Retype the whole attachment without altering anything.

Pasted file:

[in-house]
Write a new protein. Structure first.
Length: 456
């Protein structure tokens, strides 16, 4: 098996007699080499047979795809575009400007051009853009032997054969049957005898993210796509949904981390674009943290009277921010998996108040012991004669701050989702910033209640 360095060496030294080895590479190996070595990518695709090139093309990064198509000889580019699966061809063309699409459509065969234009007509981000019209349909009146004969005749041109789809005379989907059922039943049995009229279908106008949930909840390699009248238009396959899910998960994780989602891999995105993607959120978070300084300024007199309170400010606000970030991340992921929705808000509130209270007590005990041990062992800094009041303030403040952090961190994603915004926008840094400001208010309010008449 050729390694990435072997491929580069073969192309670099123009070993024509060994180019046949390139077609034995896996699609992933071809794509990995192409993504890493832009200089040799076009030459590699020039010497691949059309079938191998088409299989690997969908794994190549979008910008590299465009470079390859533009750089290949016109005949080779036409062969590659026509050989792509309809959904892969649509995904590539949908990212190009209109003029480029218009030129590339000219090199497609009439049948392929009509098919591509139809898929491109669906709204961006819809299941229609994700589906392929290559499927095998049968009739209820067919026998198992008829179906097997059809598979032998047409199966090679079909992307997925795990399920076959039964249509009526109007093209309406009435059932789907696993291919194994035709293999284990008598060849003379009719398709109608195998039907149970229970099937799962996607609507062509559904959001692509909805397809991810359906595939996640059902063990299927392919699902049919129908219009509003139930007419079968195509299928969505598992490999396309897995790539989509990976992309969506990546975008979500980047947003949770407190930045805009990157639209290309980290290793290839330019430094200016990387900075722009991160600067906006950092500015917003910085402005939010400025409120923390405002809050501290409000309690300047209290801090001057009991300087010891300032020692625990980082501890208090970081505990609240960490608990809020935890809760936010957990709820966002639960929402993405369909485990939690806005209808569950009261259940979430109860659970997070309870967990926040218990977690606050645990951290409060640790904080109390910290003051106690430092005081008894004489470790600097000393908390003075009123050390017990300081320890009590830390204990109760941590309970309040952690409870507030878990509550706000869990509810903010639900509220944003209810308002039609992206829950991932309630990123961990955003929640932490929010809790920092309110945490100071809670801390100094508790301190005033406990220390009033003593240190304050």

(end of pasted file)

[in-house]
Write a new protein. Structure first.
Length: 456
């Protein structure tokens, strides 16, 4: 098996007699080499047979795809575009400007051009853009032997054969049957005898993210796509949904981390674009943290009277921010998996108040012991004669701050989702910033209640 360095060496030294080895590479190996070595990518695709090139093309990064198509000889580019699966061809063309699409459509065969234009007509981000019209349909009146004969005749041109789809005379989907059922039943049995009229279908106008949930909840390699009248238009396959899910998960994780989602891999995105993607959120978070300084300024007199309170400010606000970030991340992921929705808000509130209270007590005990041990062992800094009041303030403040952090961190994603915004926008840094400001208010309010008449 050729390694990435072997491929580069073969192309670099123009070993024509060994180019046949390139077609034995896996699609992933071809794509990995192409993504890493832009200089040799076009030459590699020039010497691949059309079938191998088409299989690997969908794994190549979008910008590299465009470079390859533009750089290949016109005949080779036409062969590659026509050989792509309809959904892969649509995904590539949908990212190009209109003029480029218009030129590339000219090199497609009439049948392929009509098919591509139809898929491109669906709204961006819809299941229609994700589906392929290559499927095998049968009739209820067919026998198992008829179906097997059809598979032998047409199966090679079909992307997925795990399920076959039964249509009526109007093209309406009435059932789907696993291919194994035709293999284990008598060849003379009719398709109608195998039907149970229970099937799962996607609507062509559904959001692509909805397809991810359906595939996640059902063990299927392919699902049919129908219009509003139930007419079968195509299928969505598992490999396309897995790539989509990976992309969506990546975008979500980047947003949770407190930045805009990157639209290309980290290793290839330019430094200016990387900075722009991160600067906006950092500015917003910085402005939010400025409120923390405002809050501290409000309690300047209290801090001057009991300087010891300032020692625990980082501890208090970081505990609240960490608990809020935890809760936010957990709820966002639960929402993405369909485990939690806005209808569950009261259940979430109860659970997070309870967990926040218990977690606050645990951290409060640790904080109390910290003051106690430092005081008894004489470790600097000393908390003075009123050390017990300081320890009590830390204990109760941590309970309040952690409870507030878990509550706000869990509810903010639900509220944003209810308002039609992206829950991932309630990123961990955003929640932490929010809790920092309110945490100071809670801390100094508790301190005033406990220390009033003593240190304050």